Thanks to Sandra Layman for transcribing and translating the Romanian verse. Thanks to Bret Werb for the information. Thanks to Carol Freeman, Paul Gifford, Joel Rubin, Suzanne Schwimmer and their friends who helped look for information on the Romanian song.

,דו אָרעם קינד מיט שוואַרצע האָר
.מיט שוואַרצע אויגן זאָג מיר גאָר
,פֿאַר וואָס דערציילסטו יעדן ייִד
?דו ביסט דאָס קינד פֿון קיינעם ניט

.אַ סך טרערן האָב איך פֿאַרגאָסן
.מײַן מאַמעניו האָט מען געשאָסן
.זי איז געשטאָרבן אויף דעם אָרט
.”מײַן טאָכטער” וואַר איר לעצטע וואָרט

ביילע (רעדט):  ס’איז אַ פּנים פֿון טראַנסניסטריע

.מײַן טאַטעניו האָב איך פֿאַרלוירן
.פֿאַר קעלט און הונגער איז ער אײַנגעפֿרוירן
,צו שטאַרבן וואַר זײַן ביטער לאָז
.אין אַן אוקראַיִנער קאָלכאָז

.איך האָב באַגראָבן מײַנע ליבע
.עלנט, אַליין ביך איך פֿאַרבליבן
:מען לאָזט מיך פֿילן אויף יעדן שריט
.איך בין דאָס קינד פֿון קיינעם ניט

.ביילע: ס’איז אַ ווערסיע וואָס מע האָט געמאַכט אין טראַנסניסטריע אָבער מיט אַ סך דײַטשמעריזמען

“Dus beymele shteyt in vald” Performed by Lifshe Schaechter-Widman

Posted in Main Collection with tags , , , , , , , , , , , , , , , , , , , , , , , , , , on January 13, 2022 by yiddishsong

Dus beymele shteyt in vald / The tree stands in the woods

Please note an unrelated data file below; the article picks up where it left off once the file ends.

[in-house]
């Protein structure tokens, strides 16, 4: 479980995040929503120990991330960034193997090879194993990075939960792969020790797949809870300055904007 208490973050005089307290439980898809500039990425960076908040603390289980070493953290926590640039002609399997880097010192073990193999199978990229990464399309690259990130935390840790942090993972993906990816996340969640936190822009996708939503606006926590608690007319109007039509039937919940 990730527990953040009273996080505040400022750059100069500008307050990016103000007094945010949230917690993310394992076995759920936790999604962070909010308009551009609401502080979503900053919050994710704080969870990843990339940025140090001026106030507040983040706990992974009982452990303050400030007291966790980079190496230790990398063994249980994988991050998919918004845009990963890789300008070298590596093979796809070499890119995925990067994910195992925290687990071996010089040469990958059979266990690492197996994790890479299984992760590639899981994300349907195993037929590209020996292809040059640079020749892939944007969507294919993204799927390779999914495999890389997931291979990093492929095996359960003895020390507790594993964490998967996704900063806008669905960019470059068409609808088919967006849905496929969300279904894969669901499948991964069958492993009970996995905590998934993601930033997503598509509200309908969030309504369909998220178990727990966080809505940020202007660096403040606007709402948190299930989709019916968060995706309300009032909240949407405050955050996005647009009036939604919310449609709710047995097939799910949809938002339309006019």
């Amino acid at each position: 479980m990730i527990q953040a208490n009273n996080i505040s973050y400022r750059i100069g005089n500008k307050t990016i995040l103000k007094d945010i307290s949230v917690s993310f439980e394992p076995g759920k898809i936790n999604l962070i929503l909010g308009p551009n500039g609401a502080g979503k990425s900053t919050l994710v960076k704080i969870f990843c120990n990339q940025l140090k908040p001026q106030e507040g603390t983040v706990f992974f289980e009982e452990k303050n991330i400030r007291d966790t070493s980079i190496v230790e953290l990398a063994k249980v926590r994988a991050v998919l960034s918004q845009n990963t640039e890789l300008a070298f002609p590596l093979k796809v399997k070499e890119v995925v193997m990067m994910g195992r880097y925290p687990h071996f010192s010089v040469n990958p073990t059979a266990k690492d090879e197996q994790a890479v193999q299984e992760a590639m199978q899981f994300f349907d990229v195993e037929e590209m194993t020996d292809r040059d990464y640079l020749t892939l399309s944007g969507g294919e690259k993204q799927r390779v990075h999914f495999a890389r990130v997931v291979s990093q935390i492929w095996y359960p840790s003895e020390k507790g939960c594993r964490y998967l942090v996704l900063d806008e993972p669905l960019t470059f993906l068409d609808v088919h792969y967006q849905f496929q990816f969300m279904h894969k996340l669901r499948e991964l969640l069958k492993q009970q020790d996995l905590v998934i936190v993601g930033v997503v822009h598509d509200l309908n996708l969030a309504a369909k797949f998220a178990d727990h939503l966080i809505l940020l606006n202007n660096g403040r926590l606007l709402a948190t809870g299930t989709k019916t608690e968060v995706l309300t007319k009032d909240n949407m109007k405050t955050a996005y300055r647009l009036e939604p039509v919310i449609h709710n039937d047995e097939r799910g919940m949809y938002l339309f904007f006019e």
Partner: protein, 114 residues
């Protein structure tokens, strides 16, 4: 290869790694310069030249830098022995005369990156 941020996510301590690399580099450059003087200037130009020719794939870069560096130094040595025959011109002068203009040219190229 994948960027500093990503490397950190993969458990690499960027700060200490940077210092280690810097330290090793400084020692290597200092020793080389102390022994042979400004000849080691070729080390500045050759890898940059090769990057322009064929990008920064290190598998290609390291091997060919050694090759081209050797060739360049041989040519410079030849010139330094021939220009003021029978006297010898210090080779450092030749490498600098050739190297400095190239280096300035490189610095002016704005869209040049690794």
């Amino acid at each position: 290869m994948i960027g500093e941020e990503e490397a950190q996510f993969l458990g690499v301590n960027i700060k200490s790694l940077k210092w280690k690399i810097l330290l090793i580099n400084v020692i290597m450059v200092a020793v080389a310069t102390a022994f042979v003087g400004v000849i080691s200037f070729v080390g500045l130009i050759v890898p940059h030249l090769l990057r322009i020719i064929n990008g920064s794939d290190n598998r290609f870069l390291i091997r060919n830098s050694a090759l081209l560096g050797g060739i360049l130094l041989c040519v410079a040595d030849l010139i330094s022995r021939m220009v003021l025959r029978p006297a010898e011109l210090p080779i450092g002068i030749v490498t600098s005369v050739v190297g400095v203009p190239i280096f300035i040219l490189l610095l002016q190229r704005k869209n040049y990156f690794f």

A folklorized version of the Goldfaden song, “Elnt fun ale beymer vayt” sung by Lifshe Schaechter-Widman. Recorded by Leybl Kahn, New York City, 1954.

COMMENTARY BY ITZIK GOTTESMAN
This is a folklorized version of the song “Elnt fun ale beymer vayt” from the Goldfaden operetta “Di kishifmakherin” also known as “Koldunye” (the witch), first performed in 1878.  It is sung by the young girl Mirele in the second act, first scene. A scan of the original Yiddish is attached from a New York edition of the play. 

The song presents an interesting case of folklorization, turning a theater song into a Yiddish orphan song, though with a hopeful ending which is atypical of Yiddish orphan songs. I have kept the false start and brief discussion afterwards with Leybl Kahn in which LSW says this song was learned in her hometown Zvinyetshke (now Ukraine).